Russian Journalist Laid to Rest


MOSCOW (AP) - More than 1,000 relatives, friends and admirers paid their final respects Tuesday at the funeral of a murdered investigative reporter who had criticized President Vladimir Putin and Russia's conduct in Chechnya.

In Germany, Putin called the killing of Anna Politkovskaya a "disgustingly cruel" crime that cannot go unpunished, but also played down her influence on Russian political life as "very minor."

Politkovskaya, 48, was fatally shot in her apartment building Saturday in an apparent contract killing. Her death threw a new spotlight on the risks faced by journalists who criticize the Russian authorities and dig deep to expose abuses.

At home and abroad, the slaying has drawn widespread concern about media freedom in Russia and calls for authorities to find and punish her murderers. Prosecutors have said she was probably killed because of her journalistic work, but there are no immediate leads.

More than 1,000 mourners filed past an open casket where Politkovskaya lay in a funeral hall on the outskirts of Moscow, her forehead covered with a white ribbon according to Russian Orthodox tradition. They placed flowers, mostly roses and carnations, around the coffin, while others in the crowd held thin yellow prayer candles. Many wept.

"She was an endlessly honest reporter ... her every fact was based on an investigation. She was also a mediator, a rights activist. She was trusted, she was unique," Alexei Venediktov, editor in chief of Ekho Moskvy radio, told The Associated Press.

No high-ranking Kremlin or government official made an appearance, although U.S. Ambassador William Burns attended.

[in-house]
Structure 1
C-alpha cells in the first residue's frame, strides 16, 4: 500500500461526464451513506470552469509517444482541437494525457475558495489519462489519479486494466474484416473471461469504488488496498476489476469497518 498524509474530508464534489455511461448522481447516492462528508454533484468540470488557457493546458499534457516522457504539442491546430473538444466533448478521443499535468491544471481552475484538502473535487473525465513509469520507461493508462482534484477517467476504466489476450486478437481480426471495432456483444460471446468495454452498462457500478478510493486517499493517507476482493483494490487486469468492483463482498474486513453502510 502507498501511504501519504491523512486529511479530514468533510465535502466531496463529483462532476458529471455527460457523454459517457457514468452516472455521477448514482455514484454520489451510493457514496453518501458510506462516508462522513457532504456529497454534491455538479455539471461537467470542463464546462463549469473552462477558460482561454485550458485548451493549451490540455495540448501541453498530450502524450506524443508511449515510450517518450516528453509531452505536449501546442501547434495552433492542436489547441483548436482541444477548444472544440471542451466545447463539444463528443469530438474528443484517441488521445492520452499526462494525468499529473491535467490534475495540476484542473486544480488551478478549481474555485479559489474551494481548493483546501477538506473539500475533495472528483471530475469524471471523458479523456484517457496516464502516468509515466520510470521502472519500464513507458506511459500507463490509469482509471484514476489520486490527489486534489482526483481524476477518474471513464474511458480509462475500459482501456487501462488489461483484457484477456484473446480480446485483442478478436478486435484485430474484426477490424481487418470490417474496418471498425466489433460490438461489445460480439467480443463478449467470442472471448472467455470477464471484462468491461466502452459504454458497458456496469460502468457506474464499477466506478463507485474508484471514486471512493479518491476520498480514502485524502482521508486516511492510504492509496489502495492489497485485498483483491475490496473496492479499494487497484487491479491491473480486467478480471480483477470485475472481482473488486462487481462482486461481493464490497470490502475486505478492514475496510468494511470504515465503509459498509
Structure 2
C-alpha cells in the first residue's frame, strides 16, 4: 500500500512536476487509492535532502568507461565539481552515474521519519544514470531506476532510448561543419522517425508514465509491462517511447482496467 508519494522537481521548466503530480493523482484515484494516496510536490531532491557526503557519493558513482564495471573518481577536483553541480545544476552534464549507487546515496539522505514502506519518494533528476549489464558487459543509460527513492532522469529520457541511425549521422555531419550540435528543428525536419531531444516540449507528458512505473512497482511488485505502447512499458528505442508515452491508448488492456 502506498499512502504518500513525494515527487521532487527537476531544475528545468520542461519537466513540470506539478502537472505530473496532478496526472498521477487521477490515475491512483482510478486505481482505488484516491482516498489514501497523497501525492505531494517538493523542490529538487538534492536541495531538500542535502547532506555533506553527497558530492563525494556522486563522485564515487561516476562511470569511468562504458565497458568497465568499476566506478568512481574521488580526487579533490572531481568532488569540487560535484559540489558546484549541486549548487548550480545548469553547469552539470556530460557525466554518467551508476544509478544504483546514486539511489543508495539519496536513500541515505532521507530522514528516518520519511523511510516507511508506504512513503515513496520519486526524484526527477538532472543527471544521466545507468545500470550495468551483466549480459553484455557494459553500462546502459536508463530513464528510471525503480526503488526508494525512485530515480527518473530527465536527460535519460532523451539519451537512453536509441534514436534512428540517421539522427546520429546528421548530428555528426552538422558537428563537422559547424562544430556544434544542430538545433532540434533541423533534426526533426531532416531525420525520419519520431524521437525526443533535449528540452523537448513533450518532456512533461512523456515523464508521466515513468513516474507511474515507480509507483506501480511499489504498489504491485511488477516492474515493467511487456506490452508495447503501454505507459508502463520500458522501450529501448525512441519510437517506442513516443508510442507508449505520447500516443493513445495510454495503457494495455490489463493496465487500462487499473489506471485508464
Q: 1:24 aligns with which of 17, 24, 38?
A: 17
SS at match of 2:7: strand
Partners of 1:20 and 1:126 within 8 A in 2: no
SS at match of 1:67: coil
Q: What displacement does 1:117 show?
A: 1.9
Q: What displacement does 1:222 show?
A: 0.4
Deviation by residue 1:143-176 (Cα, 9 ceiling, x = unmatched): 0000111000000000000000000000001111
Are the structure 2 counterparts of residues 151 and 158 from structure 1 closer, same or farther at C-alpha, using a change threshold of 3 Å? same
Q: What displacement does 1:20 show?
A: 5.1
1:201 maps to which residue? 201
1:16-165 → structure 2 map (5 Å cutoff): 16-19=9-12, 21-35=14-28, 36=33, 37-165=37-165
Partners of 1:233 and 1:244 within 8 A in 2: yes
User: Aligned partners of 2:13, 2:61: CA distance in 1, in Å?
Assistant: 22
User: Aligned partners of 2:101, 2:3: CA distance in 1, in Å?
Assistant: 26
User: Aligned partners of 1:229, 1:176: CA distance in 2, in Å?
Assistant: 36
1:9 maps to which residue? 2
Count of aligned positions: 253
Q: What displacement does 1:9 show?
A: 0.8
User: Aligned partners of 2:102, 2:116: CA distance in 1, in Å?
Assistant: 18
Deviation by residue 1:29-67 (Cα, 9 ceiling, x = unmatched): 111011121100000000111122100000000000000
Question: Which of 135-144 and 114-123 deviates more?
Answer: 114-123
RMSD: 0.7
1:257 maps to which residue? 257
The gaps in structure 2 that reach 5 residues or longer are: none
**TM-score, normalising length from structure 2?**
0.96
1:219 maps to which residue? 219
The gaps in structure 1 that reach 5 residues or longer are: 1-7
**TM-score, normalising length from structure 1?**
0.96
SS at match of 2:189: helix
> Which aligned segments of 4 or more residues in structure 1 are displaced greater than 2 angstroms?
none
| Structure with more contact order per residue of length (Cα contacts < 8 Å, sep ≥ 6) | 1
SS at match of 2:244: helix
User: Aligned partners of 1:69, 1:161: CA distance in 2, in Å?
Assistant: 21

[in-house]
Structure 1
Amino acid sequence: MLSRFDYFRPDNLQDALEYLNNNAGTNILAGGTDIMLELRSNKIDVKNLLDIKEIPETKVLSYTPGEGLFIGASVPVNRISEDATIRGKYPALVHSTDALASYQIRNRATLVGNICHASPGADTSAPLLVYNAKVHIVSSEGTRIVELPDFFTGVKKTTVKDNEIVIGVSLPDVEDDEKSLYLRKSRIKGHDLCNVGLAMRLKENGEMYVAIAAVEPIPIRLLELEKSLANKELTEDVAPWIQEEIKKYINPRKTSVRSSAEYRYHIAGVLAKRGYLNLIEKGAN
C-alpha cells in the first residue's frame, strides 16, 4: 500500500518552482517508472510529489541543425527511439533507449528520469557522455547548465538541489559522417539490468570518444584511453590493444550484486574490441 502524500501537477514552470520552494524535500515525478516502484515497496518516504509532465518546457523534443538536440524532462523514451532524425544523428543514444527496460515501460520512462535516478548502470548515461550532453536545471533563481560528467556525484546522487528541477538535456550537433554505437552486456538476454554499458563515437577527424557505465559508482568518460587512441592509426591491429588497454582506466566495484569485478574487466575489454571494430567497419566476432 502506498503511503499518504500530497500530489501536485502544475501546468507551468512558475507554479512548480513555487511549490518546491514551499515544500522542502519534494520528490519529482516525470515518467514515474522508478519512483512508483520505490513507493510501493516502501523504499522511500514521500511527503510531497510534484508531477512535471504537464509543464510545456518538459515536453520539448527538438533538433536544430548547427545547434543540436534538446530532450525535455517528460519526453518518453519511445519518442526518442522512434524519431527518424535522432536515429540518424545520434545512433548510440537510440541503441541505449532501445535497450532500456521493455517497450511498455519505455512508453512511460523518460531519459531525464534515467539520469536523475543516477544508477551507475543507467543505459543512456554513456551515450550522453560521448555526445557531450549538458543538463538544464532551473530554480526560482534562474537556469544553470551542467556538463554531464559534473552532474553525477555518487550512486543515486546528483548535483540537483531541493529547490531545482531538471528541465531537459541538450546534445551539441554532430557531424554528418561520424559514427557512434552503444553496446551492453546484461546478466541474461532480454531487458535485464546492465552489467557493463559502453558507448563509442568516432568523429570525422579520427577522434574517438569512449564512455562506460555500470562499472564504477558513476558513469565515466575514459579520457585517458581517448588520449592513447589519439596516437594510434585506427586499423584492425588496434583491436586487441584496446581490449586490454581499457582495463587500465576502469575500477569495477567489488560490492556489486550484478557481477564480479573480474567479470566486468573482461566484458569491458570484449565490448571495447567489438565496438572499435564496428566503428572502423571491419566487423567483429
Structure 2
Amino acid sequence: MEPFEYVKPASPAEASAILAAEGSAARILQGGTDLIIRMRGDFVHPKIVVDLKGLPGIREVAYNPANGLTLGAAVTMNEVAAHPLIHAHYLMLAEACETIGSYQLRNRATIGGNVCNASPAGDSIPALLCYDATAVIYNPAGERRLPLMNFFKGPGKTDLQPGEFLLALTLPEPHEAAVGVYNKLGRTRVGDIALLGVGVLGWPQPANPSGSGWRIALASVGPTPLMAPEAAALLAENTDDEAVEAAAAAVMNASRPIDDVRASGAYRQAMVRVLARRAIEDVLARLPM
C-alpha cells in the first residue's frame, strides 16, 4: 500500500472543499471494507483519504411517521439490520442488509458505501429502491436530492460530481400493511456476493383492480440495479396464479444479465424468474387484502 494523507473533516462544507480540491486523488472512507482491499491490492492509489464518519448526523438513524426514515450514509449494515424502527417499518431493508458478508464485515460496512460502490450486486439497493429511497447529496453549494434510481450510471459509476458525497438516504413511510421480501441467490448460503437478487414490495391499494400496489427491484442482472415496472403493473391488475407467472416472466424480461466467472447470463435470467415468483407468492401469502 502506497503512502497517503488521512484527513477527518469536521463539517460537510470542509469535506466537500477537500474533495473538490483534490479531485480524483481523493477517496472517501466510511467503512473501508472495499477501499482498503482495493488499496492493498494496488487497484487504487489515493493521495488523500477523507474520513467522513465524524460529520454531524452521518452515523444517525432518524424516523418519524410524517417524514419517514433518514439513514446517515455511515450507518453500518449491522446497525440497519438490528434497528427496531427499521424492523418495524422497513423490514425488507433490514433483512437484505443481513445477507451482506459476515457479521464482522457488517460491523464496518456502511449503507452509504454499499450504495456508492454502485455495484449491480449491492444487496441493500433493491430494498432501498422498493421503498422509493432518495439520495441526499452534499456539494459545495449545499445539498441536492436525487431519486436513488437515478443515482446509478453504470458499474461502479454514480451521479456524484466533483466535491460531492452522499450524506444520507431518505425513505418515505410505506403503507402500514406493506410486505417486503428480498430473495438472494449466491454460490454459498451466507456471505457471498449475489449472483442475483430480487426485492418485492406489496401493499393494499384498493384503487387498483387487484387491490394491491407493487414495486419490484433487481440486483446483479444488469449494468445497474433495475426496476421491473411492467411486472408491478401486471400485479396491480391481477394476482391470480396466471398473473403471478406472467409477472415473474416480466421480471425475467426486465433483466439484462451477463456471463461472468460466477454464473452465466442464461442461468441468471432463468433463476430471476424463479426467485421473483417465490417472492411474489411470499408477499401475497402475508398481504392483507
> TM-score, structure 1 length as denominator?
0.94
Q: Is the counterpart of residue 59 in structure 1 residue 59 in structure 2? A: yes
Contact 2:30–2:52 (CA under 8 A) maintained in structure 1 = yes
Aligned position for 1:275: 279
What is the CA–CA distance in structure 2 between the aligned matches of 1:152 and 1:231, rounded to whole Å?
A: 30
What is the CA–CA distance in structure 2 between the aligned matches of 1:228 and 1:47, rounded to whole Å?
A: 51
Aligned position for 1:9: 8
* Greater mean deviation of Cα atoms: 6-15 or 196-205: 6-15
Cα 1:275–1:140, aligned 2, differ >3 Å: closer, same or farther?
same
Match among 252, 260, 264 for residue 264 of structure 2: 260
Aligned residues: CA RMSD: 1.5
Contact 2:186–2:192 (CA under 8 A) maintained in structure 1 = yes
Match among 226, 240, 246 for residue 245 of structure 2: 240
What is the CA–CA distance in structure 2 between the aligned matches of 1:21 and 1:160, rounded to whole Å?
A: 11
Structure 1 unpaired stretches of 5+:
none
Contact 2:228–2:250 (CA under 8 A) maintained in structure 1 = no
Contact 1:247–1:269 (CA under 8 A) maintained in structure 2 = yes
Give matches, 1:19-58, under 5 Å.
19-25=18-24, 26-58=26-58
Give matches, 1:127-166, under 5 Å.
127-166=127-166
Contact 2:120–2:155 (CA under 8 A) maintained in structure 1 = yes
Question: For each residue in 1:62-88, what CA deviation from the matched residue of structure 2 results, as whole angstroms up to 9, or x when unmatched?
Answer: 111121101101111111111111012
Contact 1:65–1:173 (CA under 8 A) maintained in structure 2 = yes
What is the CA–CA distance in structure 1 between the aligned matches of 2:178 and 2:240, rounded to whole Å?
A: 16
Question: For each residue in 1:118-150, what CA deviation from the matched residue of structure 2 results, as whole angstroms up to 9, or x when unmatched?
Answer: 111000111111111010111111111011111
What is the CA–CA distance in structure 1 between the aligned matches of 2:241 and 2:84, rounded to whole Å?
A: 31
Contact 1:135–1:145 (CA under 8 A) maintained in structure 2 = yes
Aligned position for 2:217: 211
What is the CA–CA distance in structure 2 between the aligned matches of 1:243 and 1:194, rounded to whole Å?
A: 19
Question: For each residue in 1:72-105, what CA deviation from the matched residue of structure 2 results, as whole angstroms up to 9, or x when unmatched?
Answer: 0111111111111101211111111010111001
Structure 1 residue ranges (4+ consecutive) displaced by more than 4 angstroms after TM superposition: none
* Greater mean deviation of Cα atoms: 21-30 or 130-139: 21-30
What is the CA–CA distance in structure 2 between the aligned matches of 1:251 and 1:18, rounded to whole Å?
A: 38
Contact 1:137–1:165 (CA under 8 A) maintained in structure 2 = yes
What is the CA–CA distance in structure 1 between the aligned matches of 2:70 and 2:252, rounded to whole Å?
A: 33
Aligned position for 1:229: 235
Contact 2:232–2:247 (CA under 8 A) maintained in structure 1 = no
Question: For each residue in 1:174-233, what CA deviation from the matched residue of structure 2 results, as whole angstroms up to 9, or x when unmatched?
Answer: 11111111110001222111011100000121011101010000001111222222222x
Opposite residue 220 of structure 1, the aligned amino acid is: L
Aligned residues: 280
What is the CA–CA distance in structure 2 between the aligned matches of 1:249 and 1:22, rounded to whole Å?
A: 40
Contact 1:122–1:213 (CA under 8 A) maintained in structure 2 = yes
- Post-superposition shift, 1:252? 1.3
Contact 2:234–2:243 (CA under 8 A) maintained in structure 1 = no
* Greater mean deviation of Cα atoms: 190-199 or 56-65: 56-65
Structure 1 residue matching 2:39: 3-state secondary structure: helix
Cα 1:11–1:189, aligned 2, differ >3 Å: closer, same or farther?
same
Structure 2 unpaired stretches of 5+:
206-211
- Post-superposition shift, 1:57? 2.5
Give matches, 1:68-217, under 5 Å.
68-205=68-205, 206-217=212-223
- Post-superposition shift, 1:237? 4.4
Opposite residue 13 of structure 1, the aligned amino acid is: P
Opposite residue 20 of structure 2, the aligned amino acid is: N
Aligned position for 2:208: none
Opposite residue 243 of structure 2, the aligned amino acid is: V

"The authorities are cowards. Why didn't they come? Are they afraid even of a dead Politkovskaya?" asks Boris Nemtsov, a prominent 1990s reformer who served as deputy prime minister under former President Boris Yeltsin.

Putin made his first public comments about the killing while meeting with German Chancellor Angela Merkel in Dresden, Germany. While condemning the attack, he questioned the power of Politkovskaya's work, saying she was known in human rights circles and in the West but "the level of her influence on political life in Russia was very minor."

Putin had told President Bush in a phone conversation that authorities would do everything necessary to solve the case, the Kremlin said Monday.

Russian Prosecutor-General Yuri Chaika has taken personal charge of the investigation, but Politkovskaya's colleagues have expressed doubts her slaying will be solved. Her newspaper has pledged to conduct an independent investigation and offered a $930,000 reward for information that would help solve the crime.

A fierce critic of the wars in Chechnya, Politkovskaya reported on abuses by forces of the Russian military and Moscow-backed government. Colleagues said she had been working on a story about torture and abductions in Chechnya, abuses she blamed on Moscow-backed Chechen Prime Minister Ramzan Kadyrov.

The newspaper Novaya Gazeta, where Politkovskaya had worked, said Sunday that the killing was either revenge by Kadyrov or an attempt to discredit him. In a newspaper interview published Monday, Kadyrov denied any link to Chechnya in the killing.

Politkovskaya's colleagues described her as a brave reporter and a courageous woman who would venture into war-shattered Chechen villages not just to conduct investigations for her stories but also to help ordinary people. At times she was in such danger that people tried to protect her by taking her from village to village in a car trunk, said her closest collaborator at the paper, Vyacheslav Izmailov.

"Anya lived and died a hero," said veteran human rights campaigner Lyudmila Alexeyeva. "She couldn't bear seeing how people suffer, how they're in trouble, and that's why she rushed to their help as if she were the most powerful person in the world, not waiting for other help to arrive."